Essential data included 40 data elements defined by the Centers for Disease Control and Prevention (CDC). Biosurveillance use case was the first of the three national use cases developed for HITSP by the American Health Information Community (AHIC)—an ONC advisory committee that identified priorities for health IT interoperability and developed national use cases. The first three use cases included biosurveillance, EHR laboratory result reporting, and consumer empowerment. A total of 152 national use cases were developed by AHIC between 2005 and 2009. These use cases served as business requirements for the HITSP interoperability specifications.
Built upon the HITSP methodology, ISO/TC 215 decided to move forward with developing interoperability standards. The working title for the ISO “bundle” is “Standards Reference Portfolio (RSP).” The first domain selected for developing ISO RSP is clinical imaging. The work has been conducted in collaboration between ISO/TC 215 and DICOM, a standards development organization.2
ISO RSP includes standards for content and payload (semantic interoperability), transport (technical interoperability), and rules (functional interoperability) (i.e., standards for information governance and information management practices—which are strategic AHIMA imperatives).3,4,5,6
Critical constituents of the RSP bundle’s functional interoperability standards include standards that enable data capture (information availability), data quality validation (data integrity), data protection (capture of patient consent for healthcare procedure as well as information sharing; protection of privacy, confidentiality, and security of information), and other standards for information governance principles in healthcare defined by AHIMA.7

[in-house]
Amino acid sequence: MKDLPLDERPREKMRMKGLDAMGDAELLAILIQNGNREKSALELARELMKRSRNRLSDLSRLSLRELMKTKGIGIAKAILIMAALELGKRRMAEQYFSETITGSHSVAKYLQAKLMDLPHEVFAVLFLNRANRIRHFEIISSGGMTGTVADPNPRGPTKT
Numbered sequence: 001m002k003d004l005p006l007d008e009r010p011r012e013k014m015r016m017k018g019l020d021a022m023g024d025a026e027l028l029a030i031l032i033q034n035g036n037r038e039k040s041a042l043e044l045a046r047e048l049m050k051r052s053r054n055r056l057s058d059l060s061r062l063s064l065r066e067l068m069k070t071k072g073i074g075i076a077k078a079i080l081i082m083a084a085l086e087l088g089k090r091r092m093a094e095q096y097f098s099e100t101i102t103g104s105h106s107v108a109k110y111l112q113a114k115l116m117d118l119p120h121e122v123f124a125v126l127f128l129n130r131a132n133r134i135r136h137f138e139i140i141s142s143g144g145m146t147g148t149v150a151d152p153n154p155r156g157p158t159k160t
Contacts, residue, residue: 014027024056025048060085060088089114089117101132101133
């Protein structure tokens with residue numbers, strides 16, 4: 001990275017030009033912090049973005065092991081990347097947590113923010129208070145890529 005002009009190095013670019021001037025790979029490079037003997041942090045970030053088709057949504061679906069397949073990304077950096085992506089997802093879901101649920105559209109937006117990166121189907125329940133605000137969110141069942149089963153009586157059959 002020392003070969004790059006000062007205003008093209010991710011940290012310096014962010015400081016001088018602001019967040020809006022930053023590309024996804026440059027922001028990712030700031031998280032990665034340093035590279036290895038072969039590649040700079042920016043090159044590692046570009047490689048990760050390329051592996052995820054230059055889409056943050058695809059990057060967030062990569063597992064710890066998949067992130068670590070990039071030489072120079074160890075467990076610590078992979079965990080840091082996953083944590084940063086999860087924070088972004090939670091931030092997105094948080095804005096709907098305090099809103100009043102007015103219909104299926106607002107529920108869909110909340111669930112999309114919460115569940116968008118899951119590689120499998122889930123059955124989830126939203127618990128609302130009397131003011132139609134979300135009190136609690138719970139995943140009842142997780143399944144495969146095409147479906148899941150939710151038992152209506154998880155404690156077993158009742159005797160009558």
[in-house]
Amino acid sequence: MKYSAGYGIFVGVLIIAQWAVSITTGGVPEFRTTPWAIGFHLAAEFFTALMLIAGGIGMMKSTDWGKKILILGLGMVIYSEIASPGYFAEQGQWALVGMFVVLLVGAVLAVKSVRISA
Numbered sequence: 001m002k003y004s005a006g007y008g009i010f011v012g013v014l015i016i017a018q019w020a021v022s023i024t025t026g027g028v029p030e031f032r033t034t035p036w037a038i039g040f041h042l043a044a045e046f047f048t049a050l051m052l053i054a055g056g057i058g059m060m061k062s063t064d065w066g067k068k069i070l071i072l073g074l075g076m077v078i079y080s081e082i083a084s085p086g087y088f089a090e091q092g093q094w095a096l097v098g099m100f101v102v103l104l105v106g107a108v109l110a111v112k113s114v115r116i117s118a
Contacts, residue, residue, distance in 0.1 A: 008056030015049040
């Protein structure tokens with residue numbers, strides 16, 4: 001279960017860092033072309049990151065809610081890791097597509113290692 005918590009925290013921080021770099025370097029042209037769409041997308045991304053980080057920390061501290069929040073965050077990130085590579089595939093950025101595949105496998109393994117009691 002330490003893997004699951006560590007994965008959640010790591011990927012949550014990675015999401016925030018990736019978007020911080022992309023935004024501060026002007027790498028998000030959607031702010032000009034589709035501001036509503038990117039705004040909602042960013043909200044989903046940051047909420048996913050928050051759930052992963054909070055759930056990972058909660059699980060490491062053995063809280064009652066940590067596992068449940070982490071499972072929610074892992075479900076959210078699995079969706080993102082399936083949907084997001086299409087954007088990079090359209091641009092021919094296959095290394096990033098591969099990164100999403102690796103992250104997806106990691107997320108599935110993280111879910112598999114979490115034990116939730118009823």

ISO RSP also defines conformance criteria, which are statements that specify how various individual standards should work together. These criteria will be used by vendors to test RSP and to deploy standards into their products. They also will be used in HICT certification processes, so users know that the product is compliant with the interoperability standard.
Maintenance is important to keep RSP up-to-date. In order to ensure that standards remain relevant ISO has developed directives that govern all ISO standards. One of these is the compulsory five-year systematic review when standards developers employ a systematic review process to determine whether a standard is (a) still relevant and in use, (b) is no longer needed and should be retired, or (c) is in use but should be revised to ensure its continued value to the industry. Adoption and continuing feedback from the users regarding the standards-based capabilities allows them to keep the standard updated to meet user needs.
Figure 2 below presents the interoperability standard framework with various RSP components and enablers.
Figure 2: Interoperability Standard Framework: Components and Enablers
Ensuring Patient Safety through Interoperability Standards
One of the keys of health IT adoption is enabling patient safety while using the means of standards-based health information and communication technology. Specific aspects of ensuring health technology safety through standardization is specified in the ISO/IEC 80001 standard published in 2010.8 It was up for a systematic review in 2015. This standard was born out of the recognition that networked medical devices are increasingly being deployed on general purpose IT infrastructure. Though the manufacturers have to rigorously apply risk management to identify and manage potential safety issues and receive regulatory clearance to place their technology on the market, once the product is purchased, implemented, and placed in use, risk management processes are rarely applied to the resulting network of integrated devices, health information and communication technology systems, and applications. Unintended consequences that compromise patient safety had been occurring far too frequently and overall confidence in the technology had been suffering accordingly.
Specific safety risks associated with non-interoperability of health IT products include:
- Data quality, misidentification and integration of patient data from multiple sources (record matching on a patient represents a critical record management step, so that the information from one patient cannot be added to the chart of another patient)
- Data accuracy, availability, and integrity issues due to configuration, security, or IT operations failures